June 2, 2020 | Policy Brief

Trump’s New China Strategy Must Focus on International Organizations

June 2, 2020 | Policy Brief

Trump’s New China Strategy Must Focus on International Organizations

The White House released the “United States Strategic Approach to the People’s Republic of China” last month, outlining the Trump administration’s “National Security Strategy as it applies most directly to the PRC.” The report states that the administration “has adopted a competitive approach to the PRC” in which the United States works to protect its vital interests and achieve four objectives: “(1) protect the American people, homeland, and way of life; (2) promote American prosperity; (3) preserve peace through strength; and (4) advance American influence.”

The fourth objective – advancing American influence – is of particular interest amidst increasing attention on China’s exploitation of international organizations to serve its own strategic objectives. The report claims that the United States is building cooperative partnerships with international organizations, but it provides scant information on how the administration plans to compete with China in this arena.

Admittedly, the Trump administration has confronted Chinese influence in several international organizations – perhaps more so than its predecessor. But the administration has had varying degrees of success, raising questions about its overarching strategy and implementation.

In March, a U.S.-backed Singaporean candidate defeated a Chinese candidate in the race to lead the World Intellectual Property Organization. Months before, however, the United States lost its bid to block China from taking control of the Food and Agriculture Organization. And just last week, the United States ended its participation in the World Health Organization (WHO) after the body’s handling of the coronavirus pandemic revealed a degree of subservience to Beijing. Time will tell whether the administration’s withdrawal, even if warranted, was the right move to “advance American influence” on global health issues.

More broadly, while the administration’s strategy calls for increasing American influence in international organizations, it presents no clear path or strategy to achieve that objective. The administration’s efforts to compete with China in this sphere appear reactive thus far. Without a whole-of-government approach to compete with China in international organizations, America will continue to suffer defeats. Indeed, the World Bank recently approved more than $1 billion in new loans for China – which the Bank considers “an upper middle-income country that has remaining development challenges” – over strong objections from Treasury Secretary Steven Mnuchin, and despite having an American close to President Donald Trump at the Bank’s helm.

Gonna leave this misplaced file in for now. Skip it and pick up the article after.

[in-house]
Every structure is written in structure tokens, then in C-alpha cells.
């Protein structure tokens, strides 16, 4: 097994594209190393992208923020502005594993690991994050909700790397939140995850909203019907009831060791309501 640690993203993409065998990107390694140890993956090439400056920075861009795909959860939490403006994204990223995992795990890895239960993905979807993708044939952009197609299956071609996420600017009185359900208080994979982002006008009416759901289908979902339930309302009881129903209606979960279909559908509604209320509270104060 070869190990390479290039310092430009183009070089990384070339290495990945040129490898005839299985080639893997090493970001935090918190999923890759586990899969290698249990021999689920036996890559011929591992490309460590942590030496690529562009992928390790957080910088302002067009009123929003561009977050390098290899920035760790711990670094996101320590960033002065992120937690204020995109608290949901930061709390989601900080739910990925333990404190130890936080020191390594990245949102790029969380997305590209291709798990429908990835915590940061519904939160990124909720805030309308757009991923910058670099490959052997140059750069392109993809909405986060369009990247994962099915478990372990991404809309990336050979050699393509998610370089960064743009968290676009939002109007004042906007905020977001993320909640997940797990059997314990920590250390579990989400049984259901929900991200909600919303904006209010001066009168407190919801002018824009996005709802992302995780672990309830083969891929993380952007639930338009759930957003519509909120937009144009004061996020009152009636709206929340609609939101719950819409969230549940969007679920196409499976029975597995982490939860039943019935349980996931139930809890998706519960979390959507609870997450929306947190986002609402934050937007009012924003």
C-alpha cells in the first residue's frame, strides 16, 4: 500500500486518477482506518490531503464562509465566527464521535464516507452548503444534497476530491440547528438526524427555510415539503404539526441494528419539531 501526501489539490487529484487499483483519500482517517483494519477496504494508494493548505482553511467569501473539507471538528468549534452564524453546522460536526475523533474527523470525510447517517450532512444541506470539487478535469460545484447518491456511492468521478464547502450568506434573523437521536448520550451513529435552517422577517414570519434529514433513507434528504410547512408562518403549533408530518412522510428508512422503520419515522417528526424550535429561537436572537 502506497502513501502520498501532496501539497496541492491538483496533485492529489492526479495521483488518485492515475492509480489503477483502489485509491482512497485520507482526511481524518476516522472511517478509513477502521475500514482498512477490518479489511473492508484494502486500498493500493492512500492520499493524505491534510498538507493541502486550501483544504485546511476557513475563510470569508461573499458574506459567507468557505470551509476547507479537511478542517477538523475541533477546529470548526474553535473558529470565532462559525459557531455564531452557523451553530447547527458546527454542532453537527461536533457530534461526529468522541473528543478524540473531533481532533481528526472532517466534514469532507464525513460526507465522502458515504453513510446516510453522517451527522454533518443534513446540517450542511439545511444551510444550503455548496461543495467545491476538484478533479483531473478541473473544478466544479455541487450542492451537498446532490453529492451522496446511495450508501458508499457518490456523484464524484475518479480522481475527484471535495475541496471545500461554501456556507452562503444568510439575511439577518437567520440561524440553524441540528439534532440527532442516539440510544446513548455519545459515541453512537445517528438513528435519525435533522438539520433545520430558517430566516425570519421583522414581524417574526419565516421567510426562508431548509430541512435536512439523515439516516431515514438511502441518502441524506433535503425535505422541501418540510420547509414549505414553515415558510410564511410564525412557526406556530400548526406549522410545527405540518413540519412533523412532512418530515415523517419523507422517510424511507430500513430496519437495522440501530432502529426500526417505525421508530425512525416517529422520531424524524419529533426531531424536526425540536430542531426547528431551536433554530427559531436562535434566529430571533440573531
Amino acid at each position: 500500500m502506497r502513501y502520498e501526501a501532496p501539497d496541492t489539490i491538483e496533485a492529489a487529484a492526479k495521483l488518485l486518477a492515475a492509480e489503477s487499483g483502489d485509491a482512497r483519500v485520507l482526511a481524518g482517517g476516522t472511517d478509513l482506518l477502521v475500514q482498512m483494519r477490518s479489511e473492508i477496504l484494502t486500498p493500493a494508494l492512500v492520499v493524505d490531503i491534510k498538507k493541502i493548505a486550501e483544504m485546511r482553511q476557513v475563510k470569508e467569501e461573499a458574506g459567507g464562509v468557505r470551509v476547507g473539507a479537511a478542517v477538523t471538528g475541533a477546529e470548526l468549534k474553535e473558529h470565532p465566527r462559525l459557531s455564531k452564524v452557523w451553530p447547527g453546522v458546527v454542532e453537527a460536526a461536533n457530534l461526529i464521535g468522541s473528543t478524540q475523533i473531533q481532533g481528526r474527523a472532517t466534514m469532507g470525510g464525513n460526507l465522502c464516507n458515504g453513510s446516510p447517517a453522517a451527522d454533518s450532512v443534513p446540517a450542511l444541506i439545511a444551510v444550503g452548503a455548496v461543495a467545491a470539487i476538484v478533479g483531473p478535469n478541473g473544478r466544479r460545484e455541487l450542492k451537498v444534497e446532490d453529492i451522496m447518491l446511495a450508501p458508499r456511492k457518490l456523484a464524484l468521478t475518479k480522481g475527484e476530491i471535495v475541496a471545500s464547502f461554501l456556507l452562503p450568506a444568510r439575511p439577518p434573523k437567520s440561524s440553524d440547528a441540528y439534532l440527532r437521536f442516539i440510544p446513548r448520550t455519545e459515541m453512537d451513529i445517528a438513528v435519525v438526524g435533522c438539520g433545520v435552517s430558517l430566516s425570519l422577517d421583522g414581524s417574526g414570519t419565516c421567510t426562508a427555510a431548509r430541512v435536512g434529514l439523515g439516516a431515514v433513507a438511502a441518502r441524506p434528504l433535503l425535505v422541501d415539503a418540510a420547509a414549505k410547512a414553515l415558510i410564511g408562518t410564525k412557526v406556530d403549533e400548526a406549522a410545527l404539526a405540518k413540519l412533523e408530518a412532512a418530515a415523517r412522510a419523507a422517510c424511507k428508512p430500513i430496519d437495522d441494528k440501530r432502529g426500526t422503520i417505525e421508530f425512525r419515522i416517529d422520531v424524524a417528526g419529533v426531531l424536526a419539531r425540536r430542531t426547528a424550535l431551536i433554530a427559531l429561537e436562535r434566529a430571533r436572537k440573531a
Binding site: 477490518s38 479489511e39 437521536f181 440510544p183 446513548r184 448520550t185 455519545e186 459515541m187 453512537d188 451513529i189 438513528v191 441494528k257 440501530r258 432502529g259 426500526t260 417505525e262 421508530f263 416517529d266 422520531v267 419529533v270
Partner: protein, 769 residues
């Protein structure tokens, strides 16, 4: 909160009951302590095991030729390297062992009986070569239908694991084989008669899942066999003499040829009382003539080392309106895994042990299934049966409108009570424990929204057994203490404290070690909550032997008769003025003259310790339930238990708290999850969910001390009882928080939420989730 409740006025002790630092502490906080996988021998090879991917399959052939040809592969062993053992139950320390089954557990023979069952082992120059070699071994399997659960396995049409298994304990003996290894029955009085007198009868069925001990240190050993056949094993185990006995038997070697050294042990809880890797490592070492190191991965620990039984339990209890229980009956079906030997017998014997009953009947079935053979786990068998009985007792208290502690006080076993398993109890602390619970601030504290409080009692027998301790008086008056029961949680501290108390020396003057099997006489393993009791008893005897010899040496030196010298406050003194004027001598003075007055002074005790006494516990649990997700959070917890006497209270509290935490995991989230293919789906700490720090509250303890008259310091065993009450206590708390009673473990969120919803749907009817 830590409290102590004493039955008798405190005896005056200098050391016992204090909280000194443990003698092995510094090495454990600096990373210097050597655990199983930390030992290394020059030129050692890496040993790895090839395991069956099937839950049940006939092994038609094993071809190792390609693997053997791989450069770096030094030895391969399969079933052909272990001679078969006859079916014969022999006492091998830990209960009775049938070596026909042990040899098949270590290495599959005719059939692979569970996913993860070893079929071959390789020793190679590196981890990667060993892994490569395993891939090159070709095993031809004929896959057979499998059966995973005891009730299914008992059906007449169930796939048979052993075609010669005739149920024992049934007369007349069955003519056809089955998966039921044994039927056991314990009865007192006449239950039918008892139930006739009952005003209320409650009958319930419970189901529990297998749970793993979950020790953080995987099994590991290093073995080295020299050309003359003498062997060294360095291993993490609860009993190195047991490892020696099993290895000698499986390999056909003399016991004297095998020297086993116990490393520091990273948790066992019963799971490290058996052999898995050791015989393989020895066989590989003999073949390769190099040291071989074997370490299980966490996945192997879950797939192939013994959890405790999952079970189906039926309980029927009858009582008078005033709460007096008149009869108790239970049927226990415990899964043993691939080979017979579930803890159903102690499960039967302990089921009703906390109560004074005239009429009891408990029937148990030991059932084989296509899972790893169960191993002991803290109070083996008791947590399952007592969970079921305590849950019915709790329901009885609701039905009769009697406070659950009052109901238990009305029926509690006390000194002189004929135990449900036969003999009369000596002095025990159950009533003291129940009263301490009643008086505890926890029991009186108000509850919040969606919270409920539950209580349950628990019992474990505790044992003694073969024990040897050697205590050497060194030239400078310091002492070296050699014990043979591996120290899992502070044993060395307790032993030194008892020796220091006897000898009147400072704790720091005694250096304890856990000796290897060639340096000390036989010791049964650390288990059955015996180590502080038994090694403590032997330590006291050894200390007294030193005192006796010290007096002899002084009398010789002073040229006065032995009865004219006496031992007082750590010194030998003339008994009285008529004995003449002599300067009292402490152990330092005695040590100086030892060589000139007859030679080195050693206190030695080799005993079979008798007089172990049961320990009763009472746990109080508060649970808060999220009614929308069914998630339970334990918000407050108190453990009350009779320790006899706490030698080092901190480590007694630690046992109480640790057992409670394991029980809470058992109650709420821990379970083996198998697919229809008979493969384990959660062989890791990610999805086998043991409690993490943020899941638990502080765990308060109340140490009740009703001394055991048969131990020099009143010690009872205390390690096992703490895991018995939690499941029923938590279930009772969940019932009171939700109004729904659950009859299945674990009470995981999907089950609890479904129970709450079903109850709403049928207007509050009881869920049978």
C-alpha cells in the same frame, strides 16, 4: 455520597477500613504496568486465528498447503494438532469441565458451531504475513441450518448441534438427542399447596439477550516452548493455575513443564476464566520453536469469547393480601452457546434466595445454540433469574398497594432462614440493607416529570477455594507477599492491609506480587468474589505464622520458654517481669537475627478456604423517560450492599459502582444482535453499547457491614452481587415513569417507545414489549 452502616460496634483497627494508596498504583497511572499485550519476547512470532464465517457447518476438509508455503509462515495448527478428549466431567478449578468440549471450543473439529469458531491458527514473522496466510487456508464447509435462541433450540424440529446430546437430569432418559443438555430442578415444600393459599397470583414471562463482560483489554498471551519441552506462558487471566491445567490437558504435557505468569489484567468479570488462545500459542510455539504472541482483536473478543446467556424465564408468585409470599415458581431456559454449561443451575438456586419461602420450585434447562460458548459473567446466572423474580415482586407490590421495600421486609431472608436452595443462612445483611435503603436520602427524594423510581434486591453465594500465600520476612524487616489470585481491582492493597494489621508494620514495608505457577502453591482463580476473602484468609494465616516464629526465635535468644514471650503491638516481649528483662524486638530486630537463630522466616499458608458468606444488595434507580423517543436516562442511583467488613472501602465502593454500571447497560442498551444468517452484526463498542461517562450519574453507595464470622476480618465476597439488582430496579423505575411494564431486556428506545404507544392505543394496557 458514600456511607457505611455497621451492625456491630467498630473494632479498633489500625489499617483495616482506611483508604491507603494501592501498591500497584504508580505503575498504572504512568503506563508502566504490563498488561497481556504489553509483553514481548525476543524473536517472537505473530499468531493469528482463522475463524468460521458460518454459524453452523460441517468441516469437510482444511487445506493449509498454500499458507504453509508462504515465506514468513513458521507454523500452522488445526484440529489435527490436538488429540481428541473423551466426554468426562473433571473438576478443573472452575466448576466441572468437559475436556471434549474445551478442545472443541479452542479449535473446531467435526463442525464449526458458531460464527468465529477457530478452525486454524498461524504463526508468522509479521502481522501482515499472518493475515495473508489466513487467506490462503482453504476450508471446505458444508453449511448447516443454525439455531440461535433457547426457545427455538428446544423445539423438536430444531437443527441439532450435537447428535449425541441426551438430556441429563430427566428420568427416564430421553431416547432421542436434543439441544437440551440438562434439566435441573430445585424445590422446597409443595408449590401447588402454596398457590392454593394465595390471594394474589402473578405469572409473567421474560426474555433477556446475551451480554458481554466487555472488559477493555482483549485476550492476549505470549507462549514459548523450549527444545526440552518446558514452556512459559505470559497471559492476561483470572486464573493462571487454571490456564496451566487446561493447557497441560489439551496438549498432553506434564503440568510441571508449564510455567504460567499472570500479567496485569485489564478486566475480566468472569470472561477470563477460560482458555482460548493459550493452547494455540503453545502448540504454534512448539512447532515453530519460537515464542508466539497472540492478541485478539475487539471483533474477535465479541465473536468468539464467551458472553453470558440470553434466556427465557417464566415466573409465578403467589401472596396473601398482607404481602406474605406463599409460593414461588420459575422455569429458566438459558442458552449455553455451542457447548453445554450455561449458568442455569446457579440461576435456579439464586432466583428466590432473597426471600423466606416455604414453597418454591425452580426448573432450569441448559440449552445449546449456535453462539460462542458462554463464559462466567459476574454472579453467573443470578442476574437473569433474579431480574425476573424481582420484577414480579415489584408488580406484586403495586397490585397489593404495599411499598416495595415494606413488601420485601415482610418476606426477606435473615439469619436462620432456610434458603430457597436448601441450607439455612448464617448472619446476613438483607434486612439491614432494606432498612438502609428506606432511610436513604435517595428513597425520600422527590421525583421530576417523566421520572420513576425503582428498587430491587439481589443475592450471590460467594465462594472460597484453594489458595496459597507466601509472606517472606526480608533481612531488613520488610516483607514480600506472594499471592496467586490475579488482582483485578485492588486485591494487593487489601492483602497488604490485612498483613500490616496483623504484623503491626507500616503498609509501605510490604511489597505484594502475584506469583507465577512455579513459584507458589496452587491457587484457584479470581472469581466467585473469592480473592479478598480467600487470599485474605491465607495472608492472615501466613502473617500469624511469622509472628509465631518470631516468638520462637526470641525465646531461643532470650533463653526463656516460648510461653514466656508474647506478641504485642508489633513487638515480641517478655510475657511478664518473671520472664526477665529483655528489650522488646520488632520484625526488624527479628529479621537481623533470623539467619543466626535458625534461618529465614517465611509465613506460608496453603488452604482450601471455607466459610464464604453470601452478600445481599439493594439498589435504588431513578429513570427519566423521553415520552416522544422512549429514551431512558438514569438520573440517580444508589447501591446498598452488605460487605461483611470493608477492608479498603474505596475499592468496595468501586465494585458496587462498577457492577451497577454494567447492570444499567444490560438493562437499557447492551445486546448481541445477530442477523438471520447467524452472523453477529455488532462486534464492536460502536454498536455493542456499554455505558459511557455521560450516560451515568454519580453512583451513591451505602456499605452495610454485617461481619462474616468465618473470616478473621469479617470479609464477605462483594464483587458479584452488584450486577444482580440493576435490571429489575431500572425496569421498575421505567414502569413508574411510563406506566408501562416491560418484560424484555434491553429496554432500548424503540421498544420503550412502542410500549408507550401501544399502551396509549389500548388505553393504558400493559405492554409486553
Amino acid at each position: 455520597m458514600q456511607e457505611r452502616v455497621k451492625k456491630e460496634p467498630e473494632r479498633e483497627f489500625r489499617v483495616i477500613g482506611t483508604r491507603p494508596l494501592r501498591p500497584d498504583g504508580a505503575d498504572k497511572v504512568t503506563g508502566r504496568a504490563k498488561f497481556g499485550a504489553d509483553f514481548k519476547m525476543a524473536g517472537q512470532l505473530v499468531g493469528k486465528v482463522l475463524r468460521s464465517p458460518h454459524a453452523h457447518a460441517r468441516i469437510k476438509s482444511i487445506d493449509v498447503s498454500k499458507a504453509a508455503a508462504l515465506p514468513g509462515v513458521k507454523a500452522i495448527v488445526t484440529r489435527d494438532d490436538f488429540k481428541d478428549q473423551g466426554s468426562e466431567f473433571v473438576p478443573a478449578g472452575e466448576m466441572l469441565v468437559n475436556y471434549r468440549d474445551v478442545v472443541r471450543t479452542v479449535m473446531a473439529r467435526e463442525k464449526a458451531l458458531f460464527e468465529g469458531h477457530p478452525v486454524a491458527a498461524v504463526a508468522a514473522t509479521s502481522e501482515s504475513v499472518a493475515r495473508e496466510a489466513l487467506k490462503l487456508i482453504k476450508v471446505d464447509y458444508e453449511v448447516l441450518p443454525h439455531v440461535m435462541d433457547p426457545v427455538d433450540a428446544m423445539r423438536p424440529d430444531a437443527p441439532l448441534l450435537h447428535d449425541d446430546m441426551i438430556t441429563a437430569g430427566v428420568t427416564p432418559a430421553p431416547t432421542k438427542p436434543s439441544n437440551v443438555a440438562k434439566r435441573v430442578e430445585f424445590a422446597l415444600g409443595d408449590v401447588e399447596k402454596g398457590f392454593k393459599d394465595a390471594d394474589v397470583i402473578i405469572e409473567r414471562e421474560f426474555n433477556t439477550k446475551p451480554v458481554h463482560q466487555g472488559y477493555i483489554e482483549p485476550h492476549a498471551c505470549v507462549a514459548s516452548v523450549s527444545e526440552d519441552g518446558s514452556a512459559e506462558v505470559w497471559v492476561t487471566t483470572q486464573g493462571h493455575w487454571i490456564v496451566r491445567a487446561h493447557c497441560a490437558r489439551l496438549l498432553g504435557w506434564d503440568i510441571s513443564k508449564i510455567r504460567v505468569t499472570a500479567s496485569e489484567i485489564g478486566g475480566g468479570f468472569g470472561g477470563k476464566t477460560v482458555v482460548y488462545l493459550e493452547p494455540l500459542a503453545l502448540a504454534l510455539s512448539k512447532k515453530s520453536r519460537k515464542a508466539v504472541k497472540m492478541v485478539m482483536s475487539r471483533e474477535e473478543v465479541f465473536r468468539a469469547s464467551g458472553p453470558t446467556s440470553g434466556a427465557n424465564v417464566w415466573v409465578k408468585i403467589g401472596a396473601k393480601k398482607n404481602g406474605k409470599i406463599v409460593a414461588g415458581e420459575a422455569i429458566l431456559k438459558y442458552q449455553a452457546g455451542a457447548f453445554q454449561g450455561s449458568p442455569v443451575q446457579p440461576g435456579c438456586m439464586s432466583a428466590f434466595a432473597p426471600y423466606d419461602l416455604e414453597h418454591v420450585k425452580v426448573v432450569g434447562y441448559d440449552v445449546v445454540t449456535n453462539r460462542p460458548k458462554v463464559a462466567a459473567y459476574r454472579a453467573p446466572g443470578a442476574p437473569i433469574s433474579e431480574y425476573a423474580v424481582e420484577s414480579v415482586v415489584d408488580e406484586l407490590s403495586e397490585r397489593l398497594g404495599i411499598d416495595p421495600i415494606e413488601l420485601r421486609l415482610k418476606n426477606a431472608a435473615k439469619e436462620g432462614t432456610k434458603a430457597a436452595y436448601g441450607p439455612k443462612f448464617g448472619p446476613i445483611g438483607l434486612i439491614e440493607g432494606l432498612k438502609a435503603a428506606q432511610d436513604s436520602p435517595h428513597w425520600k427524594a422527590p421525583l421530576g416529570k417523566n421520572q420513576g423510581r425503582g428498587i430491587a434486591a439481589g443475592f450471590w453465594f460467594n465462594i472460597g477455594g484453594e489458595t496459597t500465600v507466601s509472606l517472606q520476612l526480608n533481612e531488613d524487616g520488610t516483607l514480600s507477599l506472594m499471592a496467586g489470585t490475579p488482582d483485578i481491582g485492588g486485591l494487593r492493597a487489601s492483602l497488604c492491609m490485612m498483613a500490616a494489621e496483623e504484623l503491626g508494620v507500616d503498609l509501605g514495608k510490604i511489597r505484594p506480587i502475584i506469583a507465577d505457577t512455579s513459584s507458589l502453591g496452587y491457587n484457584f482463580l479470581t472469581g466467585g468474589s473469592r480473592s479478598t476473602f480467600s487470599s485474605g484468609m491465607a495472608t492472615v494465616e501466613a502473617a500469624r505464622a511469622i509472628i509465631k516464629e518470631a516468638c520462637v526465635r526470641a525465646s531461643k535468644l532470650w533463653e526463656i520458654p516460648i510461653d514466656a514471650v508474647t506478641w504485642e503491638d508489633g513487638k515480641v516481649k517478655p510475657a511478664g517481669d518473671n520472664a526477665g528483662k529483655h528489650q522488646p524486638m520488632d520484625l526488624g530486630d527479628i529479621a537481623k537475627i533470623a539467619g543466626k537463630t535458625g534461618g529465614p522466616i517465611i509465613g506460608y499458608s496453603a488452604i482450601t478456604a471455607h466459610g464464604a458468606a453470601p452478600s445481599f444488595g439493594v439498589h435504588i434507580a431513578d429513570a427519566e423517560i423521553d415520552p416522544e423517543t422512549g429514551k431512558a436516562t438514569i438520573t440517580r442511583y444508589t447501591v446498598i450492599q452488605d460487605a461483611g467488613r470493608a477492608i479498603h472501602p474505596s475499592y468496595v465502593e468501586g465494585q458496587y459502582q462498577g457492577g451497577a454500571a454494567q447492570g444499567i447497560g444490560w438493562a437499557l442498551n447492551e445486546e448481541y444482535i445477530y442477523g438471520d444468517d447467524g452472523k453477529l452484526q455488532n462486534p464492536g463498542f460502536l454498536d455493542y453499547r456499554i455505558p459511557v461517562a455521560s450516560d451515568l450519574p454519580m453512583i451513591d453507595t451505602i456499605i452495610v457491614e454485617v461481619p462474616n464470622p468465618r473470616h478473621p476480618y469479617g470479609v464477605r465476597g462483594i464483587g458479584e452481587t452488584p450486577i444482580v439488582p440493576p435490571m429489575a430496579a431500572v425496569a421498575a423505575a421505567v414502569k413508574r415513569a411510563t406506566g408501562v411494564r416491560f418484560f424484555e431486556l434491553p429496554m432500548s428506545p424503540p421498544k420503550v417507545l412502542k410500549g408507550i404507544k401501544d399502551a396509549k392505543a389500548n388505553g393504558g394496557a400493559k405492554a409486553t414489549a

With more than 300 international organizations ranging in function and geographic involvement, even a good, broad strategy is not enough. The United States needs individual implementation plans to compete with China in every organization where U.S. interests are present. In some cases, ceasing participation in organizations may be appropriate – but that action should be tied to others in a sustained campaign that compels multilateral reforms in favor of U.S. interests.

U.S. strategies are also needed to erode China’s consolidated gains. For example, a Chinese information and telecommunications engineer chairs the International Telecommunication Union, which plays a leading role in developing global standards for the internet and 5G and 6G networks. The post is ideal to help China advocate for Huawei in the face of Western claims that the company’s systems are vulnerable to Chinese espionage. Washington’s inability to prevent China’s deputy agriculture minister from being elected to lead the Food and Agriculture Organization has yielded China a platform to promote its own agribusiness.

The Trump administration appears keenly aware of the problem. As one senior administration official said last week, “Chinese officials heading international organizations lack independence from the CCP, and have a proven track record of using these leadership roles to mold the U.N. agenda to serve the CCP’s own self-serving interests.” The new White House document reflected this understanding as well. But an effective strategy is still needed. Now is the time to build and implement a proactive approach to compete with China across all international organizations that touch U.S. interests. This will go a long way to help achieve the administration’s objective of “advancing American influence.”

Richard Goldberg, a founding staff director of the U.S.-China Working Group, is a senior advisor at the Foundation for Defense of Democracies (FDD), where he also contributes to FDD’s Center on Military and Political Power (CMPP) and Center on Economic and Financial Power (CEFP). For more analysis from Richard, CMPP, and CEFP, please subscribe HERE. Follow Richard on Twitter @rich_goldberg. Follow FDD on Twitter @FDD and @FDD_CMPP and @FDD_CEFP. FDD is a Washington, DC-based, nonpartisan research institute focusing on national security and foreign policy.


China International Organizations Military and Political Power